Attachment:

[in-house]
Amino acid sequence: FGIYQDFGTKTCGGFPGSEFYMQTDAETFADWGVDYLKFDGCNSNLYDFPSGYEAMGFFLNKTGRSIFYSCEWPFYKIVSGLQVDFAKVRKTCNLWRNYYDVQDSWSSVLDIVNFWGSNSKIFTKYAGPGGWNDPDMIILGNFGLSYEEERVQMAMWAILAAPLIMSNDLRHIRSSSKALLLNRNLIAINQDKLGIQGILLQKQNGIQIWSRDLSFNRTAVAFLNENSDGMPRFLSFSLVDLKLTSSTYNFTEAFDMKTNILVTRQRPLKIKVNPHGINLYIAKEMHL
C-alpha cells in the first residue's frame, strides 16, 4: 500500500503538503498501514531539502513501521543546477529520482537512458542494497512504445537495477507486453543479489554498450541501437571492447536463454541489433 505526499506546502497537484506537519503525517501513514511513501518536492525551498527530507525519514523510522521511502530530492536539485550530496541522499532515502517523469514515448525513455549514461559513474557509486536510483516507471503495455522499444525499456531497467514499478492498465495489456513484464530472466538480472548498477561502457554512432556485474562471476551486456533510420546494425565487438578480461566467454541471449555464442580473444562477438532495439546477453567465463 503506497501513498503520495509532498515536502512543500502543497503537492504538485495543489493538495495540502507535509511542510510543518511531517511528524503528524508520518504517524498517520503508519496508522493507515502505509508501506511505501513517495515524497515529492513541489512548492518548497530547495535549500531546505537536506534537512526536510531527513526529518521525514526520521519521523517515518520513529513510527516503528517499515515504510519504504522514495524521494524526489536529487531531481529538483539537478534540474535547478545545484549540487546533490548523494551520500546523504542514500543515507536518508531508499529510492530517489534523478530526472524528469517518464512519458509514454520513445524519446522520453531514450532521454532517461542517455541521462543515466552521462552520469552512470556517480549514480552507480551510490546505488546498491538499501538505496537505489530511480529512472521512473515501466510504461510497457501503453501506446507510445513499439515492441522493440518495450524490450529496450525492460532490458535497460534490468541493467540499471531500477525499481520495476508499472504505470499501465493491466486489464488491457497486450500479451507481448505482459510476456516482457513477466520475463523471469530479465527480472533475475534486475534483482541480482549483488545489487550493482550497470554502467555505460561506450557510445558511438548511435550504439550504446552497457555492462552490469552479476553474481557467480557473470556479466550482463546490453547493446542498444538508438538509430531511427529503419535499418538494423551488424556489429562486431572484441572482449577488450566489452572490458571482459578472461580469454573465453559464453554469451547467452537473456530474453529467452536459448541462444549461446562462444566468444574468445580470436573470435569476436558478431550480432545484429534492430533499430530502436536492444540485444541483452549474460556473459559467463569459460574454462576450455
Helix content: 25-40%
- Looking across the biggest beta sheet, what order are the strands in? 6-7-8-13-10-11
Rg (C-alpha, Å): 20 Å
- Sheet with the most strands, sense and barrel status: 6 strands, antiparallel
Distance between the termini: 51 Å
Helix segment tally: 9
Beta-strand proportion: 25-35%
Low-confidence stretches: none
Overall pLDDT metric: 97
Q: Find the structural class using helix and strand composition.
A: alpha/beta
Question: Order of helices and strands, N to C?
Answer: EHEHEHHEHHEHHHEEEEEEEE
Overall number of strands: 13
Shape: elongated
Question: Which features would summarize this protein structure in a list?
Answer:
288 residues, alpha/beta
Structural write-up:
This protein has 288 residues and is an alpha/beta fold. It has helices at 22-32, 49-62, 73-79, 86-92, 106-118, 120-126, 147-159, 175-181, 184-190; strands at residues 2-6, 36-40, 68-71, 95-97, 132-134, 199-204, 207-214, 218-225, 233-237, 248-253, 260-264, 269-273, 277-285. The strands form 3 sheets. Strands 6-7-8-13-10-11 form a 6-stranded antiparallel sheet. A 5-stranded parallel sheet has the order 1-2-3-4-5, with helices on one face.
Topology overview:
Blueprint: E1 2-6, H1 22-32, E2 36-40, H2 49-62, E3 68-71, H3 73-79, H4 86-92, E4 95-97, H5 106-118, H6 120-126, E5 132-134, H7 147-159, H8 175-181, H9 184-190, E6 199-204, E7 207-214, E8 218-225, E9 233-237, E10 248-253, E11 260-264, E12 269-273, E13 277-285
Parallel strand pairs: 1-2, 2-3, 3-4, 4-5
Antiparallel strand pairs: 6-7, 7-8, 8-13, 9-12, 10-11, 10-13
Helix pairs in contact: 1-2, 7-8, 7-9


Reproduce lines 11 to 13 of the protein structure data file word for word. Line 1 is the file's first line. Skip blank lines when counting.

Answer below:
Low-confidence stretches: none
Overall pLDDT metric: 97
Q: Find the structural class using helix and strand composition.